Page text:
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CD REVIEW: Steven Chesne - Deva / Muses of Aqua
By JJ Biener - 09/01/2008 - 12:56 PM EDT

Artist: Steven Chesne / Luminous World Orchestra
Album: Deva / Muses of Aqua
Genre: Ambient
CD Review:

Steven Chesne is a composer. I mean he is a real composer. He has written symphonies, concertos and orchestral suites which have been played by groups like the Ventura Symphony Orchestra and the LA Modern String Orchestra. He has written extensively for television and film. He was honored by ASCAP in 2003 for his film scoring work. He is a real composer.

When someone like Chesne decides to record and release his original music, the result is The Luminous World Orchestra and a pair of CD's entitled Muses of Aqua and Deva. The music incorporates elements Ambient and Classical into a seamless whole that transcends either genre. If you read Ambient and you only think of blips and bloops and layered keyboard sounds which seem to wander aimlessly, Chesne will surprise you. If you read Classical and you think of traditional instruments used in stock, staid arrangements harking back 200 years, Chesne will delight you. Chesne takes the melody and instrumentation from Classical music and combines it with the textures and tonalities of Ambient. The result is music that can comfortably stay in the background while you are otherwise occupied with perhaps yoga or meditation, or it can easily stay in the foreground and hold your attention.

On Deva, the opening track is a nearly 13-minute-long opus called Cantus Firmus. It brings together strings, guitar and woodwinds with a Native American flute. It is beautifully melodic, richly harmonic and finely textured. At times Chesne's film scoring background shows through in that the portions of the piece could easily work as underscore. Other times the textures seems more other-worldly and distinct.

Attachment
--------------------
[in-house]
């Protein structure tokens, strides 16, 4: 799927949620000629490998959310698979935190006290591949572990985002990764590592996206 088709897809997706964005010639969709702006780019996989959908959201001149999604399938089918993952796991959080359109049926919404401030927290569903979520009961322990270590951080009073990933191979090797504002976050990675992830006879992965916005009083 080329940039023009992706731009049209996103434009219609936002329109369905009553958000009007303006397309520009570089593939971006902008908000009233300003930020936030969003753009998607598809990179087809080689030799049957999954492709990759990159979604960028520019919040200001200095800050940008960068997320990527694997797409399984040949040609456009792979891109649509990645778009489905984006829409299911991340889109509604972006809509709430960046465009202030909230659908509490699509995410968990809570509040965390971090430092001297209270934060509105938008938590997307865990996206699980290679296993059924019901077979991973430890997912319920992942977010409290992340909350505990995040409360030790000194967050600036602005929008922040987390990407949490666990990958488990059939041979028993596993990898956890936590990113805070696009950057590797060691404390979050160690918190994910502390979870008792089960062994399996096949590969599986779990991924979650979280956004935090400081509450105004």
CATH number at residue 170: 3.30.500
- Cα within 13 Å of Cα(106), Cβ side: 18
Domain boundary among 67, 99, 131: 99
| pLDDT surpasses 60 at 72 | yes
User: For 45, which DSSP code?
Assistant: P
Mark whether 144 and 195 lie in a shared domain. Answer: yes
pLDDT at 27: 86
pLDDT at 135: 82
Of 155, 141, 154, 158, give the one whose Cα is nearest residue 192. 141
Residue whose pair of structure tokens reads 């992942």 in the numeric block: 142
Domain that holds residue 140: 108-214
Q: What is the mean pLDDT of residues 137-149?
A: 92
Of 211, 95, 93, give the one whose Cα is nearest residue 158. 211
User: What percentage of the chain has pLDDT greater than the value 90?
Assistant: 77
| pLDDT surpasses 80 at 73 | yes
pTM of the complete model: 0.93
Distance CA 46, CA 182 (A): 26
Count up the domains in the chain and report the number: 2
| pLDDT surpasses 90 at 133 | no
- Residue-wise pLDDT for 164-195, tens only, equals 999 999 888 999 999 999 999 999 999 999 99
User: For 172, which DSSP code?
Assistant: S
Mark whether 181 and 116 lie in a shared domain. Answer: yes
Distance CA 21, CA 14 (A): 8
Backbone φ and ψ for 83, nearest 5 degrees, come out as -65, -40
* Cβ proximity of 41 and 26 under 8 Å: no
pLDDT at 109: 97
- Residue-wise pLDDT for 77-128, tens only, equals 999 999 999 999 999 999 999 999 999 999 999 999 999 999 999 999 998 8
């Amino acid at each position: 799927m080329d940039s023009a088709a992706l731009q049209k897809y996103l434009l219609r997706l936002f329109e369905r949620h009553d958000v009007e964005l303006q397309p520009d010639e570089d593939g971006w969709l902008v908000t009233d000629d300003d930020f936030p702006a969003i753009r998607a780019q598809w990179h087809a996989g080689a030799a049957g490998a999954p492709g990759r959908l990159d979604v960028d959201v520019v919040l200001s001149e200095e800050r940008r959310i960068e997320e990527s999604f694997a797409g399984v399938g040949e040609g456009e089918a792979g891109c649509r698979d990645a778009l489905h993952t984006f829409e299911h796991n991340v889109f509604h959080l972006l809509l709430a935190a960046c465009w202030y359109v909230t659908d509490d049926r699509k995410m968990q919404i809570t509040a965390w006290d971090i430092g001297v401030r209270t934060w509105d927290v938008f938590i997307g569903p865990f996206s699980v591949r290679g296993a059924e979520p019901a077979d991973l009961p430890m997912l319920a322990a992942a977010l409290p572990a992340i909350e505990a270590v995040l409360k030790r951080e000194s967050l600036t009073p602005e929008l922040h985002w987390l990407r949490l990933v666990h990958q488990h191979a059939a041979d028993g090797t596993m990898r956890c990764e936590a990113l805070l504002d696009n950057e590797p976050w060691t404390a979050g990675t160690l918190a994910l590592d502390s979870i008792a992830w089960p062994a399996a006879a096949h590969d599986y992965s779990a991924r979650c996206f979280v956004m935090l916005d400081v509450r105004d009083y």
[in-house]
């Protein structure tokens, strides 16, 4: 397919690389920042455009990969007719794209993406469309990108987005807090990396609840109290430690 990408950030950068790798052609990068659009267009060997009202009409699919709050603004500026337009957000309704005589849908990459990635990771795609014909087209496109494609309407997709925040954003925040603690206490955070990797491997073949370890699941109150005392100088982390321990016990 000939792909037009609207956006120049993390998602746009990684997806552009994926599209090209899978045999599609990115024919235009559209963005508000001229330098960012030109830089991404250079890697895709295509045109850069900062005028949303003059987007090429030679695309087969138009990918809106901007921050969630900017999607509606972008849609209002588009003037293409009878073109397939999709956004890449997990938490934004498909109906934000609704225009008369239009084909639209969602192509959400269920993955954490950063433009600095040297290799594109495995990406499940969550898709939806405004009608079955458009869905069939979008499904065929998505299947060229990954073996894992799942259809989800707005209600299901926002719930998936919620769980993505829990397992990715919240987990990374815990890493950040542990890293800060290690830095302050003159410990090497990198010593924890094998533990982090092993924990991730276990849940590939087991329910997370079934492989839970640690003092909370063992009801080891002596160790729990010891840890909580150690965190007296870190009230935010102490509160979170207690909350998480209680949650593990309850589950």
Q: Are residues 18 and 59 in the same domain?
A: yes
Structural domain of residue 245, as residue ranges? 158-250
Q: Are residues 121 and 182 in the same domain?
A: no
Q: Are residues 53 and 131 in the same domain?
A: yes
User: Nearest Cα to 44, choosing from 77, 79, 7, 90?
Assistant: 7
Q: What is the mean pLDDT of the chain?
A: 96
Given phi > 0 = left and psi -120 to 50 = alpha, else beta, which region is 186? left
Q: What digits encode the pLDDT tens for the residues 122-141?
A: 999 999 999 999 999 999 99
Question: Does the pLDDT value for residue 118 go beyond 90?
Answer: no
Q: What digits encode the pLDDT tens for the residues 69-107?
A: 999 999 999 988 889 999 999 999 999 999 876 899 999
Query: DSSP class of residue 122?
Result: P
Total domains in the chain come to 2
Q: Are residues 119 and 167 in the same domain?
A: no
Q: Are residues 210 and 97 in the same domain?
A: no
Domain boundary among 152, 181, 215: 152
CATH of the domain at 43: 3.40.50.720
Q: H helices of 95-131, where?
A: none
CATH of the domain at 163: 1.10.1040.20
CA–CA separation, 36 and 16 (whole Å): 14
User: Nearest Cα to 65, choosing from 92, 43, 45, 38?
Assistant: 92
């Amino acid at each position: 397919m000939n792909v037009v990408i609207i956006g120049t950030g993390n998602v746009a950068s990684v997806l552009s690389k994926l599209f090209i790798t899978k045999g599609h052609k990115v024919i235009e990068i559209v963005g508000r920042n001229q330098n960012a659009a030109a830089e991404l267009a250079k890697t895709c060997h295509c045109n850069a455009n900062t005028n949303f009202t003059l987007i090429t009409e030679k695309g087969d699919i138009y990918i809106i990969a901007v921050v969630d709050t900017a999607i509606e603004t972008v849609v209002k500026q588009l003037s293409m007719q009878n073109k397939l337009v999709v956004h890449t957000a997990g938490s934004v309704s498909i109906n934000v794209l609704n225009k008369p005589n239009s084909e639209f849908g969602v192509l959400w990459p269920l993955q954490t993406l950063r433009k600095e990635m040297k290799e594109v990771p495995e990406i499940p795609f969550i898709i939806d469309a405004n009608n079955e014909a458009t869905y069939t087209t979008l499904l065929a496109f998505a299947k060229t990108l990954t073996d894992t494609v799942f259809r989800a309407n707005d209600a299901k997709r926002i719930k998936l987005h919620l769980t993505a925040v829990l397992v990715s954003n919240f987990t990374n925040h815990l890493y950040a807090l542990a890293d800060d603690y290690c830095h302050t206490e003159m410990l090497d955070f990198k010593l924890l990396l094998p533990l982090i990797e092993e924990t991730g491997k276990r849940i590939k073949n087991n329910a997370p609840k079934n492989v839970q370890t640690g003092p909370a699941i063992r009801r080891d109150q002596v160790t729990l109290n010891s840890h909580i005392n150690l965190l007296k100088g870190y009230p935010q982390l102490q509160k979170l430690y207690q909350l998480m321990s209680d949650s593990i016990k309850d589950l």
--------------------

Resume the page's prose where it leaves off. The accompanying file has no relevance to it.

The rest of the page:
Also on Deva, is the track Maya. It starts with a beautifully constructed harmony on strings. The melody comes in played on an Erhu, a Chinese fiddle. The sound of the Erhu is not one that can be mistaken for a Western string instrument. The contrast between West and East tonalities is striking, but ultimately, it works.

On Muses of Aqua, the track Still Water uses counterpoint between Balinese Gamelan gongs and guitar as its foundation. An erhu comes in to carry the melody alternating with flute. Strings and harp eventually take over the counterpoint for a time before returning it to the Gamelan and guitar. The piece is a study in shifting textures while maintaining a unifying theme throughout.

Each of these CD's can work equally well on its own, but together they make a matched set. Clearly there is one musical vision which winds its way through both CD's. Chesne's skill at composition and arrangement sets these works apart from others who seek to walk this musical path and few succeed. To hear the music of Steven Chesne and The Luminous World Orchestra, check out or the MySpace page

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